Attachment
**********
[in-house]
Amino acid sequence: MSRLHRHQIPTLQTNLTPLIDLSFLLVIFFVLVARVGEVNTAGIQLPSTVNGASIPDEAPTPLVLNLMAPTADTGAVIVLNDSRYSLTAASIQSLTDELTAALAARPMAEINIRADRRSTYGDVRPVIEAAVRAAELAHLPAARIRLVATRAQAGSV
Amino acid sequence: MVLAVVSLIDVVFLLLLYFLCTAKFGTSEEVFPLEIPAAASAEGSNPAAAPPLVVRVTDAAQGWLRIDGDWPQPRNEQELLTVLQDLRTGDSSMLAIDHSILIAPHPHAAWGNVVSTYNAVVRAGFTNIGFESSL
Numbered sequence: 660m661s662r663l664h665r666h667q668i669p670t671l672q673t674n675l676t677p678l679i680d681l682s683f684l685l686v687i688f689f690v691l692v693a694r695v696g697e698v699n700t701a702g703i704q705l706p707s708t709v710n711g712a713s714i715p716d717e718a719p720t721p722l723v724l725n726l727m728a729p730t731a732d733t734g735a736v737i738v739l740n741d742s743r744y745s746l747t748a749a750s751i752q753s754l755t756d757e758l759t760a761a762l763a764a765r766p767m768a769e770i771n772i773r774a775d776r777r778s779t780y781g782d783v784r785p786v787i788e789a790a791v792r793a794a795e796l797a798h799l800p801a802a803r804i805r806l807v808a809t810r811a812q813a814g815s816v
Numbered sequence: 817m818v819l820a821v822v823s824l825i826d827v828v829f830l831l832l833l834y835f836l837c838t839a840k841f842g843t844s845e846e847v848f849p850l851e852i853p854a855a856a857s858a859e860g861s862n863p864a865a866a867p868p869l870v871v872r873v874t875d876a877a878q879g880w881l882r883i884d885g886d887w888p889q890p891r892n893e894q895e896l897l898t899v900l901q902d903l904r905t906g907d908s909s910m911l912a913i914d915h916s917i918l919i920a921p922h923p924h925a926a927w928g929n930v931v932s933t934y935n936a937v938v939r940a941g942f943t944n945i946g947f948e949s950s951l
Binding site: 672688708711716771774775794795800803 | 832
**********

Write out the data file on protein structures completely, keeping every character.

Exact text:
[in-house]
Amino acid sequence: MSRLHRHQIPTLQTNLTPLIDLSFLLVIFFVLVARVGEVNTAGIQLPSTVNGASIPDEAPTPLVLNLMAPTADTGAVIVLNDSRYSLTAASIQSLTDELTAALAARPMAEINIRADRRSTYGDVRPVIEAAVRAAELAHLPAARIRLVATRAQAGSV
Amino acid sequence: MVLAVVSLIDVVFLLLLYFLCTAKFGTSEEVFPLEIPAAASAEGSNPAAAPPLVVRVTDAAQGWLRIDGDWPQPRNEQELLTVLQDLRTGDSSMLAIDHSILIAPHPHAAWGNVVSTYNAVVRAGFTNIGFESSL
Numbered sequence: 660m661s662r663l664h665r666h667q668i669p670t671l672q673t674n675l676t677p678l679i680d681l682s683f684l685l686v687i688f689f690v691l692v693a694r695v696g697e698v699n700t701a702g703i704q705l706p707s708t709v710n711g712a713s714i715p716d717e718a719p720t721p722l723v724l725n726l727m728a729p730t731a732d733t734g735a736v737i738v739l740n741d742s743r744y745s746l747t748a749a750s751i752q753s754l755t756d757e758l759t760a761a762l763a764a765r766p767m768a769e770i771n772i773r774a775d776r777r778s779t780y781g782d783v784r785p786v787i788e789a790a791v792r793a794a795e796l797a798h799l800p801a802a803r804i805r806l807v808a809t810r811a812q813a814g815s816v
Numbered sequence: 817m818v819l820a821v822v823s824l825i826d827v828v829f830l831l832l833l834y835f836l837c838t839a840k841f842g843t844s845e846e847v848f849p850l851e852i853p854a855a856a857s858a859e860g861s862n863p864a865a866a867p868p869l870v871v872r873v874t875d876a877a878q879g880w881l882r883i884d885g886d887w888p889q890p891r892n893e894q895e896l897l898t899v900l901q902d903l904r905t906g907d908s909s910m911l912a913i914d915h916s917i918l919i920a921p922h923p924h925a926a927w928g929n930v931v932s933t934y935n936a937v938v939r940a941g942f943t944n945i946g947f948e949s950s951l
Binding site: 672688708711716771774775794795800803 | 832